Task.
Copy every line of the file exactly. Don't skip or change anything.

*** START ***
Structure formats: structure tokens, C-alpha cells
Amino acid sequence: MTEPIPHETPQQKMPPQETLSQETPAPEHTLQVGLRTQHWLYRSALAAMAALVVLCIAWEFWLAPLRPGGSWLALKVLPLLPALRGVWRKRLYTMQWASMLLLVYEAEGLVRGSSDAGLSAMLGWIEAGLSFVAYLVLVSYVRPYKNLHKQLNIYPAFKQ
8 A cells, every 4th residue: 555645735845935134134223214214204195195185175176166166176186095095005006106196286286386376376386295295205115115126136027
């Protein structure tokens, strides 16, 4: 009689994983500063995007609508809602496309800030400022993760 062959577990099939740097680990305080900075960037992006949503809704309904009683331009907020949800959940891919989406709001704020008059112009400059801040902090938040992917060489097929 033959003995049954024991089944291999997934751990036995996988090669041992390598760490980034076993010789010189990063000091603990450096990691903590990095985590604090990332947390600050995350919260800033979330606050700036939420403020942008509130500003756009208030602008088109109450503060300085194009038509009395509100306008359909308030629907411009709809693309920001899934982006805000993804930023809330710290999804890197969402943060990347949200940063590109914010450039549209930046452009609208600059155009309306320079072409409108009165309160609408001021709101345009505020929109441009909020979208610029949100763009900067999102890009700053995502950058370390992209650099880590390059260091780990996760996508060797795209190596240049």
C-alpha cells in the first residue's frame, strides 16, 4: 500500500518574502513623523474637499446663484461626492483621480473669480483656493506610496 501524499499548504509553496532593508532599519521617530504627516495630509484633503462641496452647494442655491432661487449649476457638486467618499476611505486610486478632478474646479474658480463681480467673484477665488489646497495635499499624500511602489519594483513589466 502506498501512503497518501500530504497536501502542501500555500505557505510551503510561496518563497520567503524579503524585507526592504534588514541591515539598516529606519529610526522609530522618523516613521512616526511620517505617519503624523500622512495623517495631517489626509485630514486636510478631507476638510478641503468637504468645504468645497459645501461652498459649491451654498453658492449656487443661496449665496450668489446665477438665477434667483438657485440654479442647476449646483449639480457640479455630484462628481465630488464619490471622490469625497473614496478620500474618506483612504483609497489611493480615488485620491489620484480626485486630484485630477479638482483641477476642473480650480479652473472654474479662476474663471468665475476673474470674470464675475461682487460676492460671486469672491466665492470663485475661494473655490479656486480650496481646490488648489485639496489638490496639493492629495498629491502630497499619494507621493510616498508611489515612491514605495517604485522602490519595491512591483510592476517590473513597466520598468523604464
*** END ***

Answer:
Structure formats: structure tokens, C-alpha cells
Amino acid sequence: MTEPIPHETPQQKMPPQETLSQETPAPEHTLQVGLRTQHWLYRSALAAMAALVVLCIAWEFWLAPLRPGGSWLALKVLPLLPALRGVWRKRLYTMQWASMLLLVYEAEGLVRGSSDAGLSAMLGWIEAGLSFVAYLVLVSYVRPYKNLHKQLNIYPAFKQ
8 A cells, every 4th residue: 555645735845935134134223214214204195195185175176166166176186095095005006106196286286386376376386295295205115115126136027
């Protein structure tokens, strides 16, 4: 009689994983500063995007609508809602496309800030400022993760 062959577990099939740097680990305080900075960037992006949503809704309904009683331009907020949800959940891919989406709001704020008059112009400059801040902090938040992917060489097929 033959003995049954024991089944291999997934751990036995996988090669041992390598760490980034076993010789010189990063000091603990450096990691903590990095985590604090990332947390600050995350919260800033979330606050700036939420403020942008509130500003756009208030602008088109109450503060300085194009038509009395509100306008359909308030629907411009709809693309920001899934982006805000993804930023809330710290999804890197969402943060990347949200940063590109914010450039549209930046452009609208600059155009309306320079072409409108009165309160609408001021709101345009505020929109441009909020979208610029949100763009900067999102890009700053995502950058370390992209650099880590390059260091780990996760996508060797795209190596240049």
C-alpha cells in the first residue's frame, strides 16, 4: 500500500518574502513623523474637499446663484461626492483621480473669480483656493506610496 501524499499548504509553496532593508532599519521617530504627516495630509484633503462641496452647494442655491432661487449649476457638486467618499476611505486610486478632478474646479474658480463681480467673484477665488489646497495635499499624500511602489519594483513589466 502506498501512503497518501500530504497536501502542501500555500505557505510551503510561496518563497520567503524579503524585507526592504534588514541591515539598516529606519529610526522609530522618523516613521512616526511620517505617519503624523500622512495623517495631517489626509485630514486636510478631507476638510478641503468637504468645504468645497459645501461652498459649491451654498453658492449656487443661496449665496450668489446665477438665477434667483438657485440654479442647476449646483449639480457640479455630484462628481465630488464619490471622490469625497473614496478620500474618506483612504483609497489611493480615488485620491489620484480626485486630484485630477479638482483641477476642473480650480479652473472654474479662476474663471468665475476673474470674470464675475461682487460676492460671486469672491466665492470663485475661494473655490479656486480650496481646490488648489485639496489638490496639493492629495498629491502630497499619494507621493510616498508611489515612491514605495517604485522602490519595491512591483510592476517590473513597466520598468523604464